Of course, there are some benefits for the sellers, too: They get a long-term tenant who has a big stake in taking care of the property, and the nonrefundable option fee helps reduce some of their risk if the buyer eventually walks.

They can often still get a high sales price and rent for the home, even in a shaky market, because the tenant/buyer gets to start building equity from the get-go. They also won’t have to pay the pricey real estate commission (usually 3%-6% of the purchase price) they would if they sold their home the traditional way.

Cons for buyers

While a lease option gives you first dibs to purchase the home you’re renting, it doesn’t guarantee that you’ll be approved for a mortgage at that time. If you are unable to boost your credit or save enough for a down payment during your lease, you could still be shut out — and you’ll lose all the money you paid toward the purchase, too. To help protect against this scenario, experts recommend meeting with a mortgage lender before signing the deal to know exactly what you’ll need to qualify at the end of the lease.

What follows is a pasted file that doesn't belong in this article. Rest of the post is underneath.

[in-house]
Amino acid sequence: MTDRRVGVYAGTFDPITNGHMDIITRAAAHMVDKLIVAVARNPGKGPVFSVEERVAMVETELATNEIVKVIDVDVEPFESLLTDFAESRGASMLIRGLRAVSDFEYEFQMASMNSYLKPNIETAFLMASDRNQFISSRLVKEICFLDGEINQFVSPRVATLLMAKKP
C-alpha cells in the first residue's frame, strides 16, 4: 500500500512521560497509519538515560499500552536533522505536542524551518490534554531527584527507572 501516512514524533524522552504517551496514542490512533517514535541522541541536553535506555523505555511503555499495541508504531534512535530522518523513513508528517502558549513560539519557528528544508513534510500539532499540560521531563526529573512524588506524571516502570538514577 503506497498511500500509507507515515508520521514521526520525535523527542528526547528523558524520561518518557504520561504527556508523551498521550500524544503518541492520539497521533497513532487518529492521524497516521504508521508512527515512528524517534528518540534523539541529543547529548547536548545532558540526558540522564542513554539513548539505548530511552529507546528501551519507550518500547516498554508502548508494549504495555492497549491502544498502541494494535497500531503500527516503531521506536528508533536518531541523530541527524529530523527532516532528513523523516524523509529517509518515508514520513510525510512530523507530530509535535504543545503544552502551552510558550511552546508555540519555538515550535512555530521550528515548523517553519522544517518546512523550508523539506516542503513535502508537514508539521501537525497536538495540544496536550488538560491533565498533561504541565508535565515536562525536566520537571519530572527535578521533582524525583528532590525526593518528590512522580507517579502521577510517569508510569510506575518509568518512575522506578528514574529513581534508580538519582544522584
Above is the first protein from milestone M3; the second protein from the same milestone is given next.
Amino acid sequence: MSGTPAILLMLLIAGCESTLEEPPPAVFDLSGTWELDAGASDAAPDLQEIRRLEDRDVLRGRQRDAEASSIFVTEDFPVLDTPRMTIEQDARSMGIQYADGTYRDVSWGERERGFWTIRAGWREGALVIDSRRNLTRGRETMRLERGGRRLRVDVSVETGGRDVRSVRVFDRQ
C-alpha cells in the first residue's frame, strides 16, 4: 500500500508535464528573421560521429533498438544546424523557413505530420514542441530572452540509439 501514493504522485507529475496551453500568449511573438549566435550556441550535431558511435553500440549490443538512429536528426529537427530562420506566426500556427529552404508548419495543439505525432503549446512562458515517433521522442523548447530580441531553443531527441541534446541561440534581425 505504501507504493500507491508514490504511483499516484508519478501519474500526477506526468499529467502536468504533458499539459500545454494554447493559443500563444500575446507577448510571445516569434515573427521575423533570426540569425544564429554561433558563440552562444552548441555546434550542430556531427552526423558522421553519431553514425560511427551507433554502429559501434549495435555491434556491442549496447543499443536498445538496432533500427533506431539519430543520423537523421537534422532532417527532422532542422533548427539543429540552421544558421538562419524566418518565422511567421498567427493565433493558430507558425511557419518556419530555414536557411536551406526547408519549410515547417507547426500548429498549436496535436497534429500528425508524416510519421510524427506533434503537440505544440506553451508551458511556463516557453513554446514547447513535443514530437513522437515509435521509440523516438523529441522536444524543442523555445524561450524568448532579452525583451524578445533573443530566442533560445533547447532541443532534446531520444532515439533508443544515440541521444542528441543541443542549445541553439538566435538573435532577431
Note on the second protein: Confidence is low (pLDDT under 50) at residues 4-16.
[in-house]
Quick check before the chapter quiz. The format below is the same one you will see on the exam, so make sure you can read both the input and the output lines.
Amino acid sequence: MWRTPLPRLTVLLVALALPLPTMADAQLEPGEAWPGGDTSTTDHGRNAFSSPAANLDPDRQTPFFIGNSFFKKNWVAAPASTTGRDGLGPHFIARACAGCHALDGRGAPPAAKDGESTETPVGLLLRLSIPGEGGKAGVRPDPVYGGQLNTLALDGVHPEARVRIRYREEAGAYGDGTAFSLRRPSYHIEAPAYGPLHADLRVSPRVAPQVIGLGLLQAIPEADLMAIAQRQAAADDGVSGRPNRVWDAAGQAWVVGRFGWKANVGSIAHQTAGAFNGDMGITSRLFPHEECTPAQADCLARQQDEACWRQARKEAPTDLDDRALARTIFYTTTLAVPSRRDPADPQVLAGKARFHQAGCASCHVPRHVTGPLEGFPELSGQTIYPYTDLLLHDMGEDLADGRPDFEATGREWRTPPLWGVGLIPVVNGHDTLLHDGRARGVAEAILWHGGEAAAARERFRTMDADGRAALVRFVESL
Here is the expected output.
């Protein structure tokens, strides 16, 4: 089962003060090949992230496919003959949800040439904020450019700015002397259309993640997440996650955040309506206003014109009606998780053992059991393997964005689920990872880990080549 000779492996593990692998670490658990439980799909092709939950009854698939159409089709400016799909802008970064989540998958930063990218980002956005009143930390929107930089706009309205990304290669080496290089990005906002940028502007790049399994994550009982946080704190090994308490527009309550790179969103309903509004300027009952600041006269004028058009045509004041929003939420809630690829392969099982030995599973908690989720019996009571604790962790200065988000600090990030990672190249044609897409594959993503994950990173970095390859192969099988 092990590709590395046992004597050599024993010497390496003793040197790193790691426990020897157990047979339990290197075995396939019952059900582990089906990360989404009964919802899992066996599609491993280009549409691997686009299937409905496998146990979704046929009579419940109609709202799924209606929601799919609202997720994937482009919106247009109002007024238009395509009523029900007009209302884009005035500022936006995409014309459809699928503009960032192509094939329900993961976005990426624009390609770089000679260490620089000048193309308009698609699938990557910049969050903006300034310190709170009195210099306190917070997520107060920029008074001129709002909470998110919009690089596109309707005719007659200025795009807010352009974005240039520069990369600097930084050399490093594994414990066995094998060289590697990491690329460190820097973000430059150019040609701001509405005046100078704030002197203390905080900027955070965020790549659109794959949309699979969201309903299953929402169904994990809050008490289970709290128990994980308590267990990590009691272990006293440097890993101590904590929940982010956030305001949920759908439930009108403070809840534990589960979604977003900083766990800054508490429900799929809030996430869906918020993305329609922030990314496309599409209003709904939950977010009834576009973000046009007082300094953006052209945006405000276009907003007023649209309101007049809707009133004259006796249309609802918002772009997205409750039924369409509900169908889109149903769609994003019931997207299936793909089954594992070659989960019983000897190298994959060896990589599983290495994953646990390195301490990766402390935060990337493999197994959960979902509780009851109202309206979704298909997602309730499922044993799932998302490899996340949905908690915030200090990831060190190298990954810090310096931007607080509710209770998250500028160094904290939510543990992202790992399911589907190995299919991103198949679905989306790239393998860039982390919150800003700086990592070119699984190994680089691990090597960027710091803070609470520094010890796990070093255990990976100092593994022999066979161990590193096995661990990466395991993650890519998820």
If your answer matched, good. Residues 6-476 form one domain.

When you lock in a purchase price up front, you also risk watching the home’s value drop during your lease. If that happens, you could be stuck paying an inflated price for the home simply so you don’t lose your option fee and rent credits. Be sure to research home prices and do a home inspection before signing — these things will help you be more confident that the home is actually worth the price.